President Recep Tayyip Erdoğan and his American counterpart Donald Trump seem to have reached an understanding that they agree to disagree especially on the active U.S. support to the PKK-linked Syrian Kurdish militants which Ankara regards as terrorists. They also agree that they have to deal with the issue of Fetullah Gülen and his terrorist apparatus holed up in Pennsylvania, but face obstacle due to the intricacies of the American legal system and have decided to move on to remain "friends" and try to cooperate in various areas despite all the obstacles.
If the conditions were ripe, the talks at the White House would have produced the best of friends and partners between Erdoğan and Trump. However, given the fact that the newly elected American president is facing some very tough domestic problems due to his intimate relations with the Russian leadership to his uphill battle with an American establishment that is trying to reject him, they could not find much room to maneuver.
It was good that Turkey sent a high powered delegation before the White House meeting to talk to the American officials so they could see the problem areas and thus, the meeting between Erdoğan and Trump was a meeting where both sides knew where they stood on respective issues and their limitations so there were no unpleasant surprises when they talked to each other for the first time.
So, Erdoğan, in a press conference, openly told the American public at the White House that Turkey is dead set against the U.S. cooperating with the PKK-linked Syrian Kurdish terrorists and that Ankara does not see this in line with the agreement among allies to confront terrorists throughout the world.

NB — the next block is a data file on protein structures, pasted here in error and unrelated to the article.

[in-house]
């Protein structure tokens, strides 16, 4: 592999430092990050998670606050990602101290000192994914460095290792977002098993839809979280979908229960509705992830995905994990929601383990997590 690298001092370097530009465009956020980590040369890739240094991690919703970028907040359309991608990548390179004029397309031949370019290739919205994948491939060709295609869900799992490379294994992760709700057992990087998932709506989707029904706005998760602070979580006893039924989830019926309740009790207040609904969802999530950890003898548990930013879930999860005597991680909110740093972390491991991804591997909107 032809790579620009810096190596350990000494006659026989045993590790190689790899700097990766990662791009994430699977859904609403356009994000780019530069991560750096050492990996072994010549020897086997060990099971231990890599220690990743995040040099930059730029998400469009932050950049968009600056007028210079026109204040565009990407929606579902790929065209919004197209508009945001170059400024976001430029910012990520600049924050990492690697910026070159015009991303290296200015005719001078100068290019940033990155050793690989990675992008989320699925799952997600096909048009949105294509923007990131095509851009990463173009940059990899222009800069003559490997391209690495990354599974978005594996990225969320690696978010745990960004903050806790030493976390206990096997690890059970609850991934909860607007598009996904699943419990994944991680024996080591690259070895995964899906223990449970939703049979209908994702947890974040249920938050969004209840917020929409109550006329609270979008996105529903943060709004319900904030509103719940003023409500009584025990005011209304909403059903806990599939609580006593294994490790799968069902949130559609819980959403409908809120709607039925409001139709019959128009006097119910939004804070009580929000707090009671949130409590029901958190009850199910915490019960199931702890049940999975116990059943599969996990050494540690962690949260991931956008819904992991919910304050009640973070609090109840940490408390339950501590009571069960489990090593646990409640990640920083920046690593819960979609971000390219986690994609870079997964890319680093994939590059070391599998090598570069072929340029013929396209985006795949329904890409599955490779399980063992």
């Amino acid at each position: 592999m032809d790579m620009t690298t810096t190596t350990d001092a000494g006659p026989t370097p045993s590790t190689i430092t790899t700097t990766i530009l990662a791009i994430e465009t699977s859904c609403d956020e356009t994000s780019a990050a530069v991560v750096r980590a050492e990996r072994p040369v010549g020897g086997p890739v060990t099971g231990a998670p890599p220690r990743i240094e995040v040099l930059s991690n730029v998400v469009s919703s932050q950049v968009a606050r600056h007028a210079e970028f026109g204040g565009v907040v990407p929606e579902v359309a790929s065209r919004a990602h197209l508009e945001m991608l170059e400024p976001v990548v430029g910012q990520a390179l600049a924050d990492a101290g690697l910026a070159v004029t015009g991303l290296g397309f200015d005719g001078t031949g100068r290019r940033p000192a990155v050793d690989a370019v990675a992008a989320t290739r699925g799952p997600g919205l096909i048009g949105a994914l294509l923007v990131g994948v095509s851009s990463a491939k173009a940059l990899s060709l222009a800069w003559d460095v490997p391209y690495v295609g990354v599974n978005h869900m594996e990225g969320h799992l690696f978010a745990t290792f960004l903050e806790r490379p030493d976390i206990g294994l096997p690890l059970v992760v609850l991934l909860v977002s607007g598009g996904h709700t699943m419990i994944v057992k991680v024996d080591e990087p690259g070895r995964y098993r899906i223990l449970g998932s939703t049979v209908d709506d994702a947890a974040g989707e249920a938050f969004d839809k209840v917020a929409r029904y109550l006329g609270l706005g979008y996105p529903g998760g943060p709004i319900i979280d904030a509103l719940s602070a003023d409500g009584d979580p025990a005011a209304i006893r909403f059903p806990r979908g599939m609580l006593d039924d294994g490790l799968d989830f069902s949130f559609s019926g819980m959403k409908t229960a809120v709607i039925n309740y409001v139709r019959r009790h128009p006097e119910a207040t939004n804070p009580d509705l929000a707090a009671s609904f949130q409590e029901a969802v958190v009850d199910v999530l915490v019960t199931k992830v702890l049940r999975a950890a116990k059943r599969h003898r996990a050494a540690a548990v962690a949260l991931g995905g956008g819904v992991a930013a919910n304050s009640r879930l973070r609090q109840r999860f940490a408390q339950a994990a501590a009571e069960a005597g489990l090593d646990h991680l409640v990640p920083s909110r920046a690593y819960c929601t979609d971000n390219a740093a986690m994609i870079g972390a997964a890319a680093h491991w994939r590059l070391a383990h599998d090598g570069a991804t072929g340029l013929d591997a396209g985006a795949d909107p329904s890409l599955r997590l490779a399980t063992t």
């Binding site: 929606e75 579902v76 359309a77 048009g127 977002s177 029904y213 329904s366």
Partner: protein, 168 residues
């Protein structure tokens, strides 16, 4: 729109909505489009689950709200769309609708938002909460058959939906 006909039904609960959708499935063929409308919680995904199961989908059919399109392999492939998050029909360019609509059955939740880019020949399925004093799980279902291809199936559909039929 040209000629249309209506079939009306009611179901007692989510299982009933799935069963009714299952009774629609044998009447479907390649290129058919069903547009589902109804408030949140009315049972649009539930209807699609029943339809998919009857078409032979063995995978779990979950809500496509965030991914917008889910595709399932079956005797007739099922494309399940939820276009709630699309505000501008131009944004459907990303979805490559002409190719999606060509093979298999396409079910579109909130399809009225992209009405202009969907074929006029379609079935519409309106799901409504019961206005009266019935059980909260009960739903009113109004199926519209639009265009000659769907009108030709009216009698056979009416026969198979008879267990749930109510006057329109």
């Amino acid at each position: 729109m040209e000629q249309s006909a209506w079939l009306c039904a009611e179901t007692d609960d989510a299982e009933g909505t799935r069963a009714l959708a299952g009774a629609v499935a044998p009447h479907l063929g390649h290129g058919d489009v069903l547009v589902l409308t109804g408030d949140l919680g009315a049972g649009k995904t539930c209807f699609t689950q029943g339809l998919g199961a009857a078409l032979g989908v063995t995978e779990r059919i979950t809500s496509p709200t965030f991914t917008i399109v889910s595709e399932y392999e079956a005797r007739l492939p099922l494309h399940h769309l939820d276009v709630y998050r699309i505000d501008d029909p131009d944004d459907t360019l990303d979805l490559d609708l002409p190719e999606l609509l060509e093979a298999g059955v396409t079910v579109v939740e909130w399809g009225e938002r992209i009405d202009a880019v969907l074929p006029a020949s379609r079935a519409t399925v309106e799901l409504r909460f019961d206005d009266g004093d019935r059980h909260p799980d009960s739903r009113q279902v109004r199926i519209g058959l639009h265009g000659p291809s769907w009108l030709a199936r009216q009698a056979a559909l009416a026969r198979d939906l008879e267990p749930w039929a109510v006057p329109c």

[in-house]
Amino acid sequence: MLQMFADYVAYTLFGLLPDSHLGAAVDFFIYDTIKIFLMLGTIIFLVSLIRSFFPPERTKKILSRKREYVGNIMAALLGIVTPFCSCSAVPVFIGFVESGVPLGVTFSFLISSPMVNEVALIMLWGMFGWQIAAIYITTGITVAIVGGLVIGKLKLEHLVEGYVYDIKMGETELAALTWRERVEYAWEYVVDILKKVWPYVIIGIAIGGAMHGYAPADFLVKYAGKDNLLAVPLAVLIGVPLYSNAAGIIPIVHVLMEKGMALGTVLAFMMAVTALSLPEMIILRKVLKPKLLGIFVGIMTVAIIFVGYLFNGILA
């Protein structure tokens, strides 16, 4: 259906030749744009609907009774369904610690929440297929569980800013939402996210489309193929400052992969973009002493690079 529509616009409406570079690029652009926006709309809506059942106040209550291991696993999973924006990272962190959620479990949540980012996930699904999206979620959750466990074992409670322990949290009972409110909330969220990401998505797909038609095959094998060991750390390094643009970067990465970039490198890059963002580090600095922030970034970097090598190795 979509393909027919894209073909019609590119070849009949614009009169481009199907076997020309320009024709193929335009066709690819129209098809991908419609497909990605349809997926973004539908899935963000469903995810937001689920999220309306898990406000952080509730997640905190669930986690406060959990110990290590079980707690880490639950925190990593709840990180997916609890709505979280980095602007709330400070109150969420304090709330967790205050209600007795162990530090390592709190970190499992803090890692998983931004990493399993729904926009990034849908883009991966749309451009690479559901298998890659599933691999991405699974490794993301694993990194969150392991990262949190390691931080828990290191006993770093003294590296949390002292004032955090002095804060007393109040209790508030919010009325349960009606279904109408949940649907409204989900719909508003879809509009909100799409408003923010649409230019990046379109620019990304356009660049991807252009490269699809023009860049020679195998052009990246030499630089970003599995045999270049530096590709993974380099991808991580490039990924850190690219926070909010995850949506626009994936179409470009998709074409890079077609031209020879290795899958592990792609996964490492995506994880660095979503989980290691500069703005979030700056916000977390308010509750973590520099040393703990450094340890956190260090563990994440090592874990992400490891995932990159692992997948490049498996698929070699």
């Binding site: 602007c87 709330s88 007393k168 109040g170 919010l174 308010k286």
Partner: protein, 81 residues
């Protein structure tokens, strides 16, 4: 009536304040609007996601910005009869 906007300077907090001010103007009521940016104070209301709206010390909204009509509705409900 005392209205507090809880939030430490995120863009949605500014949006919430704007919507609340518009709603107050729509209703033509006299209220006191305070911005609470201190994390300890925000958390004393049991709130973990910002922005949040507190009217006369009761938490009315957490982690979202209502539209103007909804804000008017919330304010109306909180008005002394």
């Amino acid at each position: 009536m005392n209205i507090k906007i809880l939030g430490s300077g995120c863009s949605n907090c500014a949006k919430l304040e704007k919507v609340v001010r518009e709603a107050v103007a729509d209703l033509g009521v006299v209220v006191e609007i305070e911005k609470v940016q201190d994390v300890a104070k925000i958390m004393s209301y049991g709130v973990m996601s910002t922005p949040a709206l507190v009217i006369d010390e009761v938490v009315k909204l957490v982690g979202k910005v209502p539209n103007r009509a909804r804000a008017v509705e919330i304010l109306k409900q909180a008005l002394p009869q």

So the Americans will continue to provide arms, ammunition, equipment and training to the PKK-linked Syrian terrorists known as the People's Defense Forces (YPG) that is the backbone of the force charged by the U.S. to retake Raqqa from Daesh militants, and Turkey will continue treating these people as terrorists and thus, reserve the right to fight against them as Turkey does any terrorist group. That means, if the YPG continues to cooperate with the PKK in launching terrorist attacks in Turkey, Ankara will punish the Kurdish terrorists in northern Syria through military means. It is fresh in minds how Turkey recently launched airstrikes against the YPG and PKK positions in the Karachok Mountains in northern Syria, killing scores of YPG terrorists and smashing their installations.
Trump seems to give the message that he inherited the terrorist YPG issue from the Obama administration, that the plans to go ahead with the Raqqa operation were well in advance when he arrived at the White House so he could not reverse it and had to go along with old plans as he could not change the Obama team that is running the whole operation. He seems to suggest that his hands are tied and cannot concentrate on this problem properly in view of the massive domestic problems he faces.
It is interesting that while Erdoğan and Trump were meeting at the White House, an American administration official was briefing the militant Kurds in northern Syria, assuring them that "this is not a sellout."
On the extradition of terrorist chieftain Gülen to Turkey, the Americans realize they have to work with Turkey to solve the issue and that they too are closely monitoring the massive Gülen operation and will deal with the issue within the limitations of the American legal system that has loopholes to serve the Gülen group.
So at the end of the day at least Trump was sincere to tell Erdoğan what he can deliver and what he can't, and that what he can't is quite significant. At least he did not fool around with Erdoğan like former U.S. President Barack Obama's administration did for all these years.